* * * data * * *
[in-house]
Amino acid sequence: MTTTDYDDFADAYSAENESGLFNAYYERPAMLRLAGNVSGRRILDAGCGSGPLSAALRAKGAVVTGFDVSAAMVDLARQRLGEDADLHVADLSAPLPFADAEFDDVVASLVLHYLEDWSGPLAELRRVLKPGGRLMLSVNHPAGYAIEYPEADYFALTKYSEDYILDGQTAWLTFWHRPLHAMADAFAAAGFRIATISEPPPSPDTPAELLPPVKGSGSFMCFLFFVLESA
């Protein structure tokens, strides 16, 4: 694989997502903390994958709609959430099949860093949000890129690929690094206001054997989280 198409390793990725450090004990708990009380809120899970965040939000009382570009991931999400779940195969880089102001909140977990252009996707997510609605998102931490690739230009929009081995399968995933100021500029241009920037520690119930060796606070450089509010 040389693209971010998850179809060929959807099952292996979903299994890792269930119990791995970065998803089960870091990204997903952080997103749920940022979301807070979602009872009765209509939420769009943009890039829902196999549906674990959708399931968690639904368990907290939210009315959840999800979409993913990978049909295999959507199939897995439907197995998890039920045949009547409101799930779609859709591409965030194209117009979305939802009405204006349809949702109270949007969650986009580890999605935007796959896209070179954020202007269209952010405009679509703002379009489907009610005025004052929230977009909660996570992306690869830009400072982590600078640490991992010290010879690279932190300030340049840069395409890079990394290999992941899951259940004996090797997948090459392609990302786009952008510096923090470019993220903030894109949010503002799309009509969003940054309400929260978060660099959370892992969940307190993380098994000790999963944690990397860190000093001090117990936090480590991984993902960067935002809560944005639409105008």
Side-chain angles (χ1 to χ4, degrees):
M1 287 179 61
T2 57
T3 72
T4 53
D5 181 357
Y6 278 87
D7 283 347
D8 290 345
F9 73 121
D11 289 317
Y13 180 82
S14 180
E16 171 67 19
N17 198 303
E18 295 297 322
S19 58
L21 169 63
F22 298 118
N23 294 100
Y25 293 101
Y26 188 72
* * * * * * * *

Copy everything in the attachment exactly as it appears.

[in-house]
Amino acid sequence: MTTTDYDDFADAYSAENESGLFNAYYERPAMLRLAGNVSGRRILDAGCGSGPLSAALRAKGAVVTGFDVSAAMVDLARQRLGEDADLHVADLSAPLPFADAEFDDVVASLVLHYLEDWSGPLAELRRVLKPGGRLMLSVNHPAGYAIEYPEADYFALTKYSEDYILDGQTAWLTFWHRPLHAMADAFAAAGFRIATISEPPPSPDTPAELLPPVKGSGSFMCFLFFVLESA
């Protein structure tokens, strides 16, 4: 694989997502903390994958709609959430099949860093949000890129690929690094206001054997989280 198409390793990725450090004990708990009380809120899970965040939000009382570009991931999400779940195969880089102001909140977990252009996707997510609605998102931490690739230009929009081995399968995933100021500029241009920037520690119930060796606070450089509010 040389693209971010998850179809060929959807099952292996979903299994890792269930119990791995970065998803089960870091990204997903952080997103749920940022979301807070979602009872009765209509939420769009943009890039829902196999549906674990959708399931968690639904368990907290939210009315959840999800979409993913990978049909295999959507199939897995439907197995998890039920045949009547409101799930779609859709591409965030194209117009979305939802009405204006349809949702109270949007969650986009580890999605935007796959896209070179954020202007269209952010405009679509703002379009489907009610005025004052929230977009909660996570992306690869830009400072982590600078640490991992010290010879690279932190300030340049840069395409890079990394290999992941899951259940004996090797997948090459392609990302786009952008510096923090470019993220903030894109949010503002799309009509969003940054309400929260978060660099959370892992969940307190993380098994000790999963944690990397860190000093001090117990936090480590991984993902960067935002809560944005639409105008």
Side-chain angles (χ1 to χ4, degrees):
M1 287 179 61
T2 57
T3 72
T4 53
D5 181 357
Y6 278 87
D7 283 347
D8 290 345
F9 73 121
D11 289 317
Y13 180 82
S14 180
E16 171 67 19
N17 198 303
E18 295 297 322
S19 58
L21 169 63
F22 298 118
N23 294 100
Y25 293 101
Y26 188 72